By now you’ve probably heard about Uber, the uber-hip ride-sharing company born in San Francisco, which matches drivers with riders through a mobile app that allows for fast response times. Its competition with other ride-sharing companies like Lyft, along with more traditional taxi services, has gotten it tons of attention. Uber has remained competitive through maneuvers including discounting rates and offering money to drivers for other services who become Uber drivers. It cut rates 25% in the Bay Area for the summer and cut New York City rates by around 20% to remain cost-competitive, and also incentivized Lyft drivers to switch over to the Uber side with a $500 bonus. But what’s really driven Uber’s rider expansion is attention-getting promotion.
In its five years, Uber has surprised users with a multitude of groovy offers such as last month’s ice cream promotion. Customers could choose ice cream using the Uber app and have their treats delivered to them curbside (along with Uber swag). Other offers, often region-specific, have included helicopter rides to the Hamptons, 15-minute snippets of kitten snuggletime, Tamale Lady tamales, rides in a DeLorean, on-demand weddings and Christmas trees delivered to your door. Along with getting lots of press, these sometimes outlandish promo campaigns show Uber knows its audience and how to reach it.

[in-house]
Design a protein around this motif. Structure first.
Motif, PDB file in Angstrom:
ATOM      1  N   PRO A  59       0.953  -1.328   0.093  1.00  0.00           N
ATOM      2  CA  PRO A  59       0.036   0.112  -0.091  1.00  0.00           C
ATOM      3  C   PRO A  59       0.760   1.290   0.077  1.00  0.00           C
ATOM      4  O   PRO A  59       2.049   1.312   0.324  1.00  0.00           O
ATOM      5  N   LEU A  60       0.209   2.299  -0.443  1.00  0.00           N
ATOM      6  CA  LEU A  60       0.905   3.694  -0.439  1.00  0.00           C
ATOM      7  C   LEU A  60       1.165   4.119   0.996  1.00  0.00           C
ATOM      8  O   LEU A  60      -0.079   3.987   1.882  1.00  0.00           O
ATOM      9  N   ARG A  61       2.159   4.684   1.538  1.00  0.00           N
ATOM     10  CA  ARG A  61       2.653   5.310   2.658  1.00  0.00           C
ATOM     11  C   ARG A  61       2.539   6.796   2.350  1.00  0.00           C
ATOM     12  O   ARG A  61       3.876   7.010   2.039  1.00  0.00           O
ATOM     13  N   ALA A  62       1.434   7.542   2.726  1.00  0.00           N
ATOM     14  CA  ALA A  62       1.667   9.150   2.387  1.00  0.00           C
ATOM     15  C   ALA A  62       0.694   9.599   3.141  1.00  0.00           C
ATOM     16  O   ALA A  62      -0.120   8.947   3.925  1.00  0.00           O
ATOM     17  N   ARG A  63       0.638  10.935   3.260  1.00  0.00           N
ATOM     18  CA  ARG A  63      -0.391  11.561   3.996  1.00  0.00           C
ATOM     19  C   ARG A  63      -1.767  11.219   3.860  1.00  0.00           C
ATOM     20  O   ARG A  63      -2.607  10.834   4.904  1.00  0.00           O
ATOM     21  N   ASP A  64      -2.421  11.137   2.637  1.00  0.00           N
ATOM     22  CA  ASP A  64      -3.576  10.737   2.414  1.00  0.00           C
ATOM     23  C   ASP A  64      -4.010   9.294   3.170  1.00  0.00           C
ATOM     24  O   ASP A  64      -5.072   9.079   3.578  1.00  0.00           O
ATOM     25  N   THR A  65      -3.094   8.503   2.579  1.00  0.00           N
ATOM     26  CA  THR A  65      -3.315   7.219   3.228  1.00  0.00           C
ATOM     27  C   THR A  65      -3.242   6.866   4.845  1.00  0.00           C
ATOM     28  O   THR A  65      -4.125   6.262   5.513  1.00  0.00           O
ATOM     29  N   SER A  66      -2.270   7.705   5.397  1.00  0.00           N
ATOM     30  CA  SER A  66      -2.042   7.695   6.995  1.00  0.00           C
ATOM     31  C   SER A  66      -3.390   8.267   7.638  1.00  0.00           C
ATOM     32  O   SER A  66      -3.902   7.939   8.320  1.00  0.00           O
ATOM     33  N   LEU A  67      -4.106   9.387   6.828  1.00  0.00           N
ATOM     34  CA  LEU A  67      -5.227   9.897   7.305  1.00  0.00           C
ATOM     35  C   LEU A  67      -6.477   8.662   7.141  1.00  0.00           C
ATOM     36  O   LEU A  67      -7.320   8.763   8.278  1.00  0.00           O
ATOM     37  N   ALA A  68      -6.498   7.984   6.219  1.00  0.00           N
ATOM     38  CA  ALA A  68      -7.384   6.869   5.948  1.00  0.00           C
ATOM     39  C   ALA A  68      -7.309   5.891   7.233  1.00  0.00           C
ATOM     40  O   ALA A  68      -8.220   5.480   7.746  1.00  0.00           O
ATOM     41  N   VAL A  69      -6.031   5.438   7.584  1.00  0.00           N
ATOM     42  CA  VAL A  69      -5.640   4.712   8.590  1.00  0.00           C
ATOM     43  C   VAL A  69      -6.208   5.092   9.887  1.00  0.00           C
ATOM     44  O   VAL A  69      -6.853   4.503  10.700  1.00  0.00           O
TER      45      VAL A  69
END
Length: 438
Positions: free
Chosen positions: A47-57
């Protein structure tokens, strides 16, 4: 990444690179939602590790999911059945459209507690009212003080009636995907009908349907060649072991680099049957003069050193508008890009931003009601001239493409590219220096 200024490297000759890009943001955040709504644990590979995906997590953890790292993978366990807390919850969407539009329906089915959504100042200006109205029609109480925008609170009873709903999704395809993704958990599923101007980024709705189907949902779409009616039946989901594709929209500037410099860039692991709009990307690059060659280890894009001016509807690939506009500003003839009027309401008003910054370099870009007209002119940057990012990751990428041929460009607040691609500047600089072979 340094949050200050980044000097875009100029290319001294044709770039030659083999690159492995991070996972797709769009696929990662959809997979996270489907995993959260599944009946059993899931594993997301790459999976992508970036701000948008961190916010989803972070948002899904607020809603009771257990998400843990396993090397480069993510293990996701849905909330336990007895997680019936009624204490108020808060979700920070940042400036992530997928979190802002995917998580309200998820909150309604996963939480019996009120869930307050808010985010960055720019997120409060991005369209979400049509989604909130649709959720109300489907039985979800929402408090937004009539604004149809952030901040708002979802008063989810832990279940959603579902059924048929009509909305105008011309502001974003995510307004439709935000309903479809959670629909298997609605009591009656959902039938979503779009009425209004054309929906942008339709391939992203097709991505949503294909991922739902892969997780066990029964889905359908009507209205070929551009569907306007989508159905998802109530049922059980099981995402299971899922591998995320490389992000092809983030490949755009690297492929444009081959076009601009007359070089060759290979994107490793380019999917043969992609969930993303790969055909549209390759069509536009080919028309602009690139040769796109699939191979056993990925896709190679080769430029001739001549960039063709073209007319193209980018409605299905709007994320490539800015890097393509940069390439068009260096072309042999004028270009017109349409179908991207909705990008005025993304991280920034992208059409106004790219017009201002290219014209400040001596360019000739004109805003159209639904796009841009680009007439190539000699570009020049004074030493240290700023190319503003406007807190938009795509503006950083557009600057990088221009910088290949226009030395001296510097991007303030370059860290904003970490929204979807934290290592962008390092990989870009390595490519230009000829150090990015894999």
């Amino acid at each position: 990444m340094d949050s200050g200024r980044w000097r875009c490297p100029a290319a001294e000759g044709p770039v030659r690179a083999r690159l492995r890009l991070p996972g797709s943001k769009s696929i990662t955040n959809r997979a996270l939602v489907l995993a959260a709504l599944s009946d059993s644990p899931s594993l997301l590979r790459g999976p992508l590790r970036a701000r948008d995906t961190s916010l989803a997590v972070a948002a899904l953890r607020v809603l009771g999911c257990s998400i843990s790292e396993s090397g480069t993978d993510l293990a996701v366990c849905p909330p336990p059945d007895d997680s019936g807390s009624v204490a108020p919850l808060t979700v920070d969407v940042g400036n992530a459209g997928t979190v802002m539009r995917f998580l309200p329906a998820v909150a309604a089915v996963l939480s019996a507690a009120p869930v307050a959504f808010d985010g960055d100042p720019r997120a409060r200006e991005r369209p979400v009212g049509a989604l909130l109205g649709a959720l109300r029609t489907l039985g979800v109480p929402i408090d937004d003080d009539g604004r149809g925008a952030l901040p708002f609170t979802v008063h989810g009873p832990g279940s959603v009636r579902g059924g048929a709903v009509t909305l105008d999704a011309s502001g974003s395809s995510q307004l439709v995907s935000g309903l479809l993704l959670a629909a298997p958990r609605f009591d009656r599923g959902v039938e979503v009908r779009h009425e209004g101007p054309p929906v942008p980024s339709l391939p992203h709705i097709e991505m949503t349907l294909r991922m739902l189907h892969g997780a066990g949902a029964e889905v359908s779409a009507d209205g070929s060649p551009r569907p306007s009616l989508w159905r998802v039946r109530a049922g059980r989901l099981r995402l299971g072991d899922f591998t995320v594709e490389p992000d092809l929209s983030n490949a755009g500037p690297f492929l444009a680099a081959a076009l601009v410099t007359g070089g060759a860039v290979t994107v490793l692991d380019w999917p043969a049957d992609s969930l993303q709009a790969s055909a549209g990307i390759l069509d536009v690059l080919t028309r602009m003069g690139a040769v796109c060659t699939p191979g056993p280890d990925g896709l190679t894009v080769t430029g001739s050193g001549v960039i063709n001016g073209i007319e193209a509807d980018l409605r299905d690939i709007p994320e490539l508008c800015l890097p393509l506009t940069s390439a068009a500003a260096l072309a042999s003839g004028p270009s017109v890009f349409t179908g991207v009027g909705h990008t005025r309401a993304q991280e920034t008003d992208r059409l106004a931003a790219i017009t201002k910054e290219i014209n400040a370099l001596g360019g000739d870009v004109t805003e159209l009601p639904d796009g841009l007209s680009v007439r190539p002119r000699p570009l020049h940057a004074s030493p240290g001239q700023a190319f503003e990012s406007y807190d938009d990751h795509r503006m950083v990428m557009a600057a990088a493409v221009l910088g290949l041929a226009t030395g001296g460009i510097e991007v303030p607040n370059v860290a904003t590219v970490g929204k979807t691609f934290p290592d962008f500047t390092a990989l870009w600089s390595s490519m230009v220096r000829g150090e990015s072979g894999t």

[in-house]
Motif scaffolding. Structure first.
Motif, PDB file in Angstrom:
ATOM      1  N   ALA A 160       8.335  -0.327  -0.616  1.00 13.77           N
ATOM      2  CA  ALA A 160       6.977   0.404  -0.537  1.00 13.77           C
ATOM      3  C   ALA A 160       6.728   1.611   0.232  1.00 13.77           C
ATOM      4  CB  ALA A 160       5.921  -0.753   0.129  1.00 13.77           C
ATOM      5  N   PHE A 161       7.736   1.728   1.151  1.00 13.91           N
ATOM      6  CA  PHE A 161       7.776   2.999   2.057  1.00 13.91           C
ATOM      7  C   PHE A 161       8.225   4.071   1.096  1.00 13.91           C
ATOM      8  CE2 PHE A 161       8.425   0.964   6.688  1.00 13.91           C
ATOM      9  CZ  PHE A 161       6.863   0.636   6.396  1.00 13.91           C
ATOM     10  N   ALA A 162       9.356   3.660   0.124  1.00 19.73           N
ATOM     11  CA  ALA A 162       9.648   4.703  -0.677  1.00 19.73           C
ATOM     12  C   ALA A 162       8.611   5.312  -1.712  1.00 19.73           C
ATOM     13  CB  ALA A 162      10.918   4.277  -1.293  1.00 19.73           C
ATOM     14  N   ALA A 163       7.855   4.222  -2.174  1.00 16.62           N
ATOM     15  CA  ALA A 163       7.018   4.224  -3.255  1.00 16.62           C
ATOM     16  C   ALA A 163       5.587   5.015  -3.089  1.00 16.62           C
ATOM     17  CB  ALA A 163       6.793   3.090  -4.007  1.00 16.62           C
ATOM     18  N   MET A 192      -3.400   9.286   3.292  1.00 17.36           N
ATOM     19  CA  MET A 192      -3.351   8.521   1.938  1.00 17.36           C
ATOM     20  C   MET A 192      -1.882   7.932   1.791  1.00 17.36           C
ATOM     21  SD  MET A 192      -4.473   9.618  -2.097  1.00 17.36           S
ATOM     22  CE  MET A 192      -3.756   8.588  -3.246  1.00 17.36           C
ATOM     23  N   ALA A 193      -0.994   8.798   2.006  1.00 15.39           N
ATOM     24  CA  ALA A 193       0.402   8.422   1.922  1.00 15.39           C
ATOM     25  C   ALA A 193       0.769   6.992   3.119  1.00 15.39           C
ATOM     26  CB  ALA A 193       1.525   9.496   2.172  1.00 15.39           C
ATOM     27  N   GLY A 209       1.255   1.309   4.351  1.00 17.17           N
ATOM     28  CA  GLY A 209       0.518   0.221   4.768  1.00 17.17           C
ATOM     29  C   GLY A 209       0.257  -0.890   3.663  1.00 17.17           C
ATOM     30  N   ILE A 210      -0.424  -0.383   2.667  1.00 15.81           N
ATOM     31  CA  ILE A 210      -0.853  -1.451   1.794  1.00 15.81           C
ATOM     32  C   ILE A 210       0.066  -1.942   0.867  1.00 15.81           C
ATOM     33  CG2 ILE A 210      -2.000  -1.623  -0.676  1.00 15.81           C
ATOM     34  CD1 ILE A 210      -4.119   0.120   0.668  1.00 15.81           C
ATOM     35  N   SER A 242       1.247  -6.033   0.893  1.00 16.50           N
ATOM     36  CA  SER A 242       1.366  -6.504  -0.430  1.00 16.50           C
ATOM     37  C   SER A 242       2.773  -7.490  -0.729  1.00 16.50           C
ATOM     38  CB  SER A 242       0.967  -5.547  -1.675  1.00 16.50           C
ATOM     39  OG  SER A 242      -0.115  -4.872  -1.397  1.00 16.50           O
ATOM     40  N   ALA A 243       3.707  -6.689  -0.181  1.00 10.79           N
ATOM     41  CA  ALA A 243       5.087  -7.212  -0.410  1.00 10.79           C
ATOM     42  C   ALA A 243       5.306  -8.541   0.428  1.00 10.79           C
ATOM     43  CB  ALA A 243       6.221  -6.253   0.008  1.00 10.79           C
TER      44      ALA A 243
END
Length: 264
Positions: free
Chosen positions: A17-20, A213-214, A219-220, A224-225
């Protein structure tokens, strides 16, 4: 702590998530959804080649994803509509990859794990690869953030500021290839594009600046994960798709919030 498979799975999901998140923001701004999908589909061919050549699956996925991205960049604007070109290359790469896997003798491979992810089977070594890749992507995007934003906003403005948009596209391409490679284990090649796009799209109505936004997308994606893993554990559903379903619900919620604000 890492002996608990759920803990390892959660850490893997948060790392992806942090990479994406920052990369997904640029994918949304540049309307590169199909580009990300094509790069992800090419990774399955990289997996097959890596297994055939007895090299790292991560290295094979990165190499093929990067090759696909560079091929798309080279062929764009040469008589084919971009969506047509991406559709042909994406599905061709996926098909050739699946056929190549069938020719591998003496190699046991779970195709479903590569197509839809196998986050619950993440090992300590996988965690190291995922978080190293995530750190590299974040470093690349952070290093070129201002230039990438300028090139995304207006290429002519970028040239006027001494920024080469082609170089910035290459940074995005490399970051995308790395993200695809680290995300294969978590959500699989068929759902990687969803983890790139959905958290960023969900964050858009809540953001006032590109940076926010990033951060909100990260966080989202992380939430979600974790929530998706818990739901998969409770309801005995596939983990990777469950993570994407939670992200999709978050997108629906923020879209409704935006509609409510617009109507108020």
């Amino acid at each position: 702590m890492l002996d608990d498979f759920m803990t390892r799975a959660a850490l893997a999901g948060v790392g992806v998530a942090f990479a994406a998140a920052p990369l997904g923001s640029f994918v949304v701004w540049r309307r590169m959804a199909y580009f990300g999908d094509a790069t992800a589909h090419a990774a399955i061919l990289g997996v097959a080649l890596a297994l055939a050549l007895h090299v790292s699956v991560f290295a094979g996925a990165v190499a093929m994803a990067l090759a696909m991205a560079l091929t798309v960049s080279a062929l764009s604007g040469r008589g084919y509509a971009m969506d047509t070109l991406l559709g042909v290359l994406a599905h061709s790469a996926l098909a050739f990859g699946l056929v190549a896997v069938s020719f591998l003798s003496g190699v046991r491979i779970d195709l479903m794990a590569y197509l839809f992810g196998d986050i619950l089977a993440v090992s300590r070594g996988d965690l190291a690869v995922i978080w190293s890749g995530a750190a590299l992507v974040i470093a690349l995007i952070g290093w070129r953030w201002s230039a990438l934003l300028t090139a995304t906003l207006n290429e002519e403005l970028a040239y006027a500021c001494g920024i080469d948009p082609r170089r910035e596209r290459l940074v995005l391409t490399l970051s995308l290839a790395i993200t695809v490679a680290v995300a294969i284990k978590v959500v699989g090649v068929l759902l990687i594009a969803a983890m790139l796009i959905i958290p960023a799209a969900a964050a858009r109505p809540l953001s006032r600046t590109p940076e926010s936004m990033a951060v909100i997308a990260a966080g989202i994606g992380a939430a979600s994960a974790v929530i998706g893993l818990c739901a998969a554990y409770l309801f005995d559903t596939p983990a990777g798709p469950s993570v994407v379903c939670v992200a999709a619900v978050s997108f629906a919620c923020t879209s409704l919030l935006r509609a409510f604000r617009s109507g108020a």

What do kittens and tamales have to do with ride-sharing? Thinking literally, not much. But these promotions stand out in people’s minds, communicating how easy and fun it is to have things delivered right to your door. (They also provide proof-of-concept for Uber’s solving on-demand urban delivery — a subject for a different post.) What brand doesn’t want to be associated with the pleasure-filled moment of giving someone ice cream? Or a delicious tamale? Or, for that matter, a kitten? The promotions create buzz in the moment and they keep the brand in people’s minds, so that when they need a car at their door, they’ll think of Uber.
Promotion is key to any successful marketing initiative, including referrals. Our most successful customers, who see 20 – 40% of their new customers come from referrals, promote their programs widely and make sure to do so in places other than their websites. You might think this is off-base for a referral program reliant upon digital sharing and often digital redemption, but that would mean you don’t have your kittensnuggling hat on. In order for your referral program to drive new customers, advocates have to share it with their friends first. To do that, they have to know your program exists. Promotions provide that awareness. While you want someone to share referrals immediately and continuously, promoting the program will keep the referral program top of mind so that when a referral opportunity presents itself to a customer (say, when someone compliments their snazzy polo shirt), they share.
Want to jolt your thinking around how to promote your referral program? Our promotions guide has real-world examples of how and when to do so. Grab it here.